Ah, Soho—the busy central London area with its infamous reputation for hedonism and sleaze, and home to film companies, legendary music venues, and general creative shenanigans. Soho is where media professionals tussle for space alongside tourists, cabbies and rickshaw drivers, but there’s plenty to see and do without spending much. We’ve rounded up ten of our favourite free and cheap things to do in Soho, so watch out for fast-moving bike couriers and take a Soho tour, cheapo-style.
1. Eat outside at Berwick Street Market
Berwick Street Market is one of London’s oldest markets, and it’s been feeding hungry Londoners since 1778. You can pick up more traditional market fare like fresh fruit, veg and flowers as well as street eats like falafel, burritos, souvlaki and paella. Unsurprisingly, lunchtime is the busiest time to go, but it’s open Monday to Saturday from 8 am to 6 pm so plenty of time to beat the queues.
Berwick Street Market
2. Visit the Photographers’ Gallery
London’s largest gallery specifically dedicated to photography with regular exhibitions, talks workshops, film screenings and VR experiences. Some exhibitions are free, but plenty of ticketed events will cost a tenner or under. The Photographers’ Gallery also hosts the Deutsche Börse Photography Foundation Prize each year. It’s open seven days a week, and there’s a decent bookshop and café as well as six floors of gallery spaces to explore.
3. Sniff out the Seven Noses of Soho
In the 1990s, artist Rick Buckley added a set of noses across central London. His identity wasn’t revealed until 2011, and now only about 10 of the original 35 remain, affixed to walls across London—seven of which are in Soho. Don’t have time to follow your own nose? There are some tours and clues to help you get on to the scent.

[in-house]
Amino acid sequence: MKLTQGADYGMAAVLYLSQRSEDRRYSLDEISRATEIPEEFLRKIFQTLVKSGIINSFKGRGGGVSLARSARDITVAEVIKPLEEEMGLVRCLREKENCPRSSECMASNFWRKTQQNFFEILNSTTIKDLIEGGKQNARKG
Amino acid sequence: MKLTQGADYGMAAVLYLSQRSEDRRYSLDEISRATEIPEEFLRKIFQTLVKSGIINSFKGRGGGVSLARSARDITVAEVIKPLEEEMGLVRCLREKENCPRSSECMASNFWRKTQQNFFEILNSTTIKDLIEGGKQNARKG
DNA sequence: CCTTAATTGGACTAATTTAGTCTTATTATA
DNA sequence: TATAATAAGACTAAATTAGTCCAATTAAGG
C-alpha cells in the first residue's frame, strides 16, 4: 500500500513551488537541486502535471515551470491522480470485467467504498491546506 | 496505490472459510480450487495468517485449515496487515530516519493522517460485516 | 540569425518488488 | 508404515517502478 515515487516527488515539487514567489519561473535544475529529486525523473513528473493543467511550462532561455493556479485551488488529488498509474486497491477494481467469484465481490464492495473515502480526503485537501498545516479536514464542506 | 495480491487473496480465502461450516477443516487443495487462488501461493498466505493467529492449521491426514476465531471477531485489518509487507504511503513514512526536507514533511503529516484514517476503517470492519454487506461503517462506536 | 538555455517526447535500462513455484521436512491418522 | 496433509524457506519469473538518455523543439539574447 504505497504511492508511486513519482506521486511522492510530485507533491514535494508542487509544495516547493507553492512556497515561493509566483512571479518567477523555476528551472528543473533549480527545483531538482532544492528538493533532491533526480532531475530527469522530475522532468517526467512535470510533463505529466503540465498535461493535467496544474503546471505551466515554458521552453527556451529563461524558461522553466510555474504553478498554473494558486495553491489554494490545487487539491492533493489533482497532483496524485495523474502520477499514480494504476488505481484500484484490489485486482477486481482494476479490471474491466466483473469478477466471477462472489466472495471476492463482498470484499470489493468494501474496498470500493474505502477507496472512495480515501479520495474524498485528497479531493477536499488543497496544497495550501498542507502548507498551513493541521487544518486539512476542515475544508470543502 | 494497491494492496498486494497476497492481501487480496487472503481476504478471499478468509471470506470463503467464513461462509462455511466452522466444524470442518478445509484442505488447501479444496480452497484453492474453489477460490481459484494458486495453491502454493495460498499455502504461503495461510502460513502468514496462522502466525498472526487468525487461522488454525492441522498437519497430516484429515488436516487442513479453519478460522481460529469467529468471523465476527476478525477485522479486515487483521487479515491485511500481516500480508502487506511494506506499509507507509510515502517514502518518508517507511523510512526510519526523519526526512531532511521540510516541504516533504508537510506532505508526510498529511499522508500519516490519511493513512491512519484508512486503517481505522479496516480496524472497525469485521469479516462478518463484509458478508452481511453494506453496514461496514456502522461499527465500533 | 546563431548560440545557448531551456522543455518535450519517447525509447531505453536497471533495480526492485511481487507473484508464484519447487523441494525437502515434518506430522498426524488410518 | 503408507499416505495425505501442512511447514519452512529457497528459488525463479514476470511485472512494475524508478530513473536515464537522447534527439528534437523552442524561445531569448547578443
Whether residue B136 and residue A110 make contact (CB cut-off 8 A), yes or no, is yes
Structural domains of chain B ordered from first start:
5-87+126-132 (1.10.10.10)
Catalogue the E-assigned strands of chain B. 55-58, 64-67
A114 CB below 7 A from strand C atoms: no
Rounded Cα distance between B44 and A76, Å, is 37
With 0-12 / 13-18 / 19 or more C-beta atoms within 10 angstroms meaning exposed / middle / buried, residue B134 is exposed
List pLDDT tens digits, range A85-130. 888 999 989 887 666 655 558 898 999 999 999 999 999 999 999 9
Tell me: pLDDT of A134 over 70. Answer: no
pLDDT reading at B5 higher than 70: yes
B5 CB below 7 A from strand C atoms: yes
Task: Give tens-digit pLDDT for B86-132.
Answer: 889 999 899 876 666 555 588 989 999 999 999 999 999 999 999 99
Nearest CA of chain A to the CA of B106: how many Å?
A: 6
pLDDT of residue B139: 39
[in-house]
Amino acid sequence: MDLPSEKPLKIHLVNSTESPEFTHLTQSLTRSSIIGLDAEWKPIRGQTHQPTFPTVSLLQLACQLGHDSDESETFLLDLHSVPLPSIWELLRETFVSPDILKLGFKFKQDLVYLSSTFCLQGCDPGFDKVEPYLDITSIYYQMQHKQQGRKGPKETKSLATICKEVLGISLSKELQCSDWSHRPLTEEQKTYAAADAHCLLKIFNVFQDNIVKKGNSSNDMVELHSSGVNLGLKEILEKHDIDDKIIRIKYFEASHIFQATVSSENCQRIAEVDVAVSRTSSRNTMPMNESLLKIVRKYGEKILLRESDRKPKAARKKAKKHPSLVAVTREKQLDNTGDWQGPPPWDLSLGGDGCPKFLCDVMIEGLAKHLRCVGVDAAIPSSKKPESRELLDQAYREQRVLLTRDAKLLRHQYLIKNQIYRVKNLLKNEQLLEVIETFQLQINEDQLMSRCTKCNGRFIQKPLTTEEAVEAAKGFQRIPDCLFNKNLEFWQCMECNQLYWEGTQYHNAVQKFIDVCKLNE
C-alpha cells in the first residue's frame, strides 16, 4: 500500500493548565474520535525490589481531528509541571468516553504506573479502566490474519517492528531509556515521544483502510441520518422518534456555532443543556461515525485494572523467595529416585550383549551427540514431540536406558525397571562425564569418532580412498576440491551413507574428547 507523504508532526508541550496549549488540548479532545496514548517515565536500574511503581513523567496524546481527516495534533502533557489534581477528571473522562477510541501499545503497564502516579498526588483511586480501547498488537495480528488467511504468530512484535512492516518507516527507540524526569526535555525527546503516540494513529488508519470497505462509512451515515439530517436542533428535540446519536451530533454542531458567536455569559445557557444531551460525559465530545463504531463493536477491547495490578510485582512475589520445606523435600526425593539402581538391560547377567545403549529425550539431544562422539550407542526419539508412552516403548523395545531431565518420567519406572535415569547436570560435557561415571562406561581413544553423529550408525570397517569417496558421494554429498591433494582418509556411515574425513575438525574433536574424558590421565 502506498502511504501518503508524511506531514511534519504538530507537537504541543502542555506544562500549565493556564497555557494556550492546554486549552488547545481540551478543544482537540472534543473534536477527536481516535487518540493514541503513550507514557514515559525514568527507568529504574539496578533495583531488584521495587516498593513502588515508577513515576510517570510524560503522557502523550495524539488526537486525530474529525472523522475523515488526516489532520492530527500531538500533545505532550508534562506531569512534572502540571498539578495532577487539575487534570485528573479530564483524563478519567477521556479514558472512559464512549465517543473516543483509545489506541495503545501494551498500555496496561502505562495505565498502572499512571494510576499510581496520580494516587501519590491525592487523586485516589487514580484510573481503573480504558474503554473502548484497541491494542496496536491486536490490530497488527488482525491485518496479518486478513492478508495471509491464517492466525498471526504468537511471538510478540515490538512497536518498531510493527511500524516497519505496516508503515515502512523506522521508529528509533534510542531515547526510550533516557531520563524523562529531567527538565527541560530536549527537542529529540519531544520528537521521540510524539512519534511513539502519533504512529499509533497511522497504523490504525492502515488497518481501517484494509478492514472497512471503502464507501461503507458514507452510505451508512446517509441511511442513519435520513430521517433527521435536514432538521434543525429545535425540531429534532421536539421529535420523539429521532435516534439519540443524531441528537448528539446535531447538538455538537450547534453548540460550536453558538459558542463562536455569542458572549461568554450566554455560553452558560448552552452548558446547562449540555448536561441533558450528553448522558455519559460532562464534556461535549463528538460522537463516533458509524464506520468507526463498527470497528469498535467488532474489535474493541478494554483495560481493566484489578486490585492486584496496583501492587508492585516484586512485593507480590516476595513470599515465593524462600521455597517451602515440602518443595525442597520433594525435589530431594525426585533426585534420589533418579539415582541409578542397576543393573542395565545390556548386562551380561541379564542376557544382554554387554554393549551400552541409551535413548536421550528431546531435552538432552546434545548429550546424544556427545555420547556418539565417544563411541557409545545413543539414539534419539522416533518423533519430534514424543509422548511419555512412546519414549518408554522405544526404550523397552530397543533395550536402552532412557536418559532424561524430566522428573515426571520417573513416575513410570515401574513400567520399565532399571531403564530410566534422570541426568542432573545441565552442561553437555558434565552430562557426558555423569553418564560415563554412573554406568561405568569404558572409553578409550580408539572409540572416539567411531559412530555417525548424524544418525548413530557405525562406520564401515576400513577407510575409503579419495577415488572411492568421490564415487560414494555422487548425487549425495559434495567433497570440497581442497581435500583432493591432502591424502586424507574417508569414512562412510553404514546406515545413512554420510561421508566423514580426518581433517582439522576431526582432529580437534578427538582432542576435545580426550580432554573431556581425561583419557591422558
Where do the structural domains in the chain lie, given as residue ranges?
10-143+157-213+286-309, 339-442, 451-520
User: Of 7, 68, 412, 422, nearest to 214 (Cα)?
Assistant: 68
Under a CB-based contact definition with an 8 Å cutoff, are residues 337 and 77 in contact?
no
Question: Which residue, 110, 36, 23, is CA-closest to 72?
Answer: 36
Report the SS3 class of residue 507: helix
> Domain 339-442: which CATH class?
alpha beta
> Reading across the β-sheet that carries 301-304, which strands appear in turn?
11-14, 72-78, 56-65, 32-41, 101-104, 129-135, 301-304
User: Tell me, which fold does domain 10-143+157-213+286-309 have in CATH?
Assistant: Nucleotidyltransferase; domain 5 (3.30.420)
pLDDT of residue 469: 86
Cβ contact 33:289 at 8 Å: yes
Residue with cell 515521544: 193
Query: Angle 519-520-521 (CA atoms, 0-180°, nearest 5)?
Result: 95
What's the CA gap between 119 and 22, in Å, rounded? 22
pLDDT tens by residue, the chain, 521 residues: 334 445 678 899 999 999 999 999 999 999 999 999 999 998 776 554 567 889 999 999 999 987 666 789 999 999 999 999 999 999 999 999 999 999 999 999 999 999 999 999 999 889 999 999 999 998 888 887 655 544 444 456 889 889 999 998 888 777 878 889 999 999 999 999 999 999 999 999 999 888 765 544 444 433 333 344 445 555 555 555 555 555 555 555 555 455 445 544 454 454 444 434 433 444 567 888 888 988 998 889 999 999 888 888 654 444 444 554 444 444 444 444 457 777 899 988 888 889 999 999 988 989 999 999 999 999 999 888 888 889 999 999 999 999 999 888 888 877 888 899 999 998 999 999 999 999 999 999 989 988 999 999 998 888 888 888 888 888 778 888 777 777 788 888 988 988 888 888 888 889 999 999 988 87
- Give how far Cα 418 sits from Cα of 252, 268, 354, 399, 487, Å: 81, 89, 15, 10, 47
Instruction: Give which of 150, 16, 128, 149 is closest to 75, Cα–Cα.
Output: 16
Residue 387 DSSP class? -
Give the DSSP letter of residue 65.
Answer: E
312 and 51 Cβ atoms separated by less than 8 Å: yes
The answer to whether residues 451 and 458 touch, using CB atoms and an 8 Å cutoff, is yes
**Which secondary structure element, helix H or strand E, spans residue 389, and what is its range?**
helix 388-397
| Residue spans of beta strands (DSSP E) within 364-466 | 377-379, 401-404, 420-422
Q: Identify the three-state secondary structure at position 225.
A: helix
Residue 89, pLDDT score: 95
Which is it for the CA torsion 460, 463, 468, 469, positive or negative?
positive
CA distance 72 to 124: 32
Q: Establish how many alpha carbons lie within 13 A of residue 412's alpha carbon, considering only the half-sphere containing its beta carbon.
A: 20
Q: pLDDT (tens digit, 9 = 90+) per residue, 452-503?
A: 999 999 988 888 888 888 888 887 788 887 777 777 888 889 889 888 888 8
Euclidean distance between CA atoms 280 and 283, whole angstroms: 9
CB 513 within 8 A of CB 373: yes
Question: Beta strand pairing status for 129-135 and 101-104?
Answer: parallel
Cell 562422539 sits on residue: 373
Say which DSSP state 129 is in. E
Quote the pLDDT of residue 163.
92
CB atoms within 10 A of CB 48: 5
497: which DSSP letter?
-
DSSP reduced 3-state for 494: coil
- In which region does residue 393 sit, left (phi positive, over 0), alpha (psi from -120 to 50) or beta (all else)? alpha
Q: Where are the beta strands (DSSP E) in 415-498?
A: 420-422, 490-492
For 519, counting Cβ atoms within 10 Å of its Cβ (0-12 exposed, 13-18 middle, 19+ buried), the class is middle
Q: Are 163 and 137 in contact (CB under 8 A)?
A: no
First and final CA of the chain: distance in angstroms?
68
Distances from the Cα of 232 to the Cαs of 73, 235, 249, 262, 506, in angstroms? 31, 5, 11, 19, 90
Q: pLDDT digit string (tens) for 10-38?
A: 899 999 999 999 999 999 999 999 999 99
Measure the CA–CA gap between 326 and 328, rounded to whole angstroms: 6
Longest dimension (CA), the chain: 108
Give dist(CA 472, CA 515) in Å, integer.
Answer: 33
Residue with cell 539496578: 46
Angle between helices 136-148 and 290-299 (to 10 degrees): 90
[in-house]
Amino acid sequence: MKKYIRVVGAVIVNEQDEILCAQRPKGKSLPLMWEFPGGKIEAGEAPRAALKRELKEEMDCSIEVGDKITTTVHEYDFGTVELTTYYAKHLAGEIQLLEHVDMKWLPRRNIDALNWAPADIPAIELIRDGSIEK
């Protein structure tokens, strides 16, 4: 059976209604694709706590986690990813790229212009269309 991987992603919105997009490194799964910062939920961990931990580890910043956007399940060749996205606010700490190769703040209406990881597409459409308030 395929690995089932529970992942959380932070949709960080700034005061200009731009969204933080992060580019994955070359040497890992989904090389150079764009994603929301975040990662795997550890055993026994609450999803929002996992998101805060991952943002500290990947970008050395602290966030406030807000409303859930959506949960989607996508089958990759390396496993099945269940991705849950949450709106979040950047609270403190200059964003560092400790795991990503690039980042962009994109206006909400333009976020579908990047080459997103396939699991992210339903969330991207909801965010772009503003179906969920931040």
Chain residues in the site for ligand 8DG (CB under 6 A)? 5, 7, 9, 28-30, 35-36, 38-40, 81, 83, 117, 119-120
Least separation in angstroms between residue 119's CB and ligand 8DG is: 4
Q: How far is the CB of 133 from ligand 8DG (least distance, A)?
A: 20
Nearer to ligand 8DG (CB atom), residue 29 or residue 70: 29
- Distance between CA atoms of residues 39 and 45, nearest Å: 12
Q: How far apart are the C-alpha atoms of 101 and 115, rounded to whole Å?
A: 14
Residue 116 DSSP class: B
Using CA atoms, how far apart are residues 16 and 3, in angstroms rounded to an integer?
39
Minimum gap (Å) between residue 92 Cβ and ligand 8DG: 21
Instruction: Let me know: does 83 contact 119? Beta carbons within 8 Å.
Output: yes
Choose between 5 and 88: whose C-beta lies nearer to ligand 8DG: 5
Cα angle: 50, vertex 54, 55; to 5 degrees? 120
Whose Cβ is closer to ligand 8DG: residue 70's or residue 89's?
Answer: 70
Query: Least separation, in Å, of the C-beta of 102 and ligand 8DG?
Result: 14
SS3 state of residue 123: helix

4. Go crate digging at record shops
Development and high rent means that there aren’t quite as many record shops in Soho as there used to be, but there are still a few crates to go digging through on its streets. If electronic music is your thing, head to Phonica on Poland Street. For pretty much anything head to Sister Ray or Reckless Records. For soul and funk, head to Sounds of the Universe.
Sounds of the Universe
5. Visit House of MinaLima
If you love Harry Potter, but don’t want to fork out for a big studio tour, head to House of MinaLima on Greek Street. It’s a small, free exhibition of art and graphics from the Harry Potter and Fantastic Beasts films from Miraphora Mina and Eduardo Lima—two designers who helped to bring the magical creations from the books to life for the big screen. The exhibition includes prints and props which are on loan from Warner Brothers. Free entry.
House of MinaLima
6. Hear live jazz at Ronnie Scott’s
Ronnie Scott’s isn’t just a legendary London music venue, it’s one of the oldest jazz venues in the world, which has been hosting acts since 1959. Nina Simone, Prince and Buddy Rich have all played there. The main venue is the downstairs bar, where tickets are around £30.00, but you can see live music upstairs seven nights a week for under a tenner where there could be a mix of jazz, cuban, slam poetry, R&B and samba.
7. Eat cake and look at art at Maison Bertaux
Maison Bertaux has been serving up French cakes and pastries since 1871. It’s a quaint, cute, old fashioned cafe with a gallery upstairs. It’s fairylit and filled with kitschy memorabilia from mini statues of Mother Theresa to old books. Go to savour sweet treats and marvel at the maximalist slice of old Soho.
8. See comedy, new plays and cabaret at Soho Theatre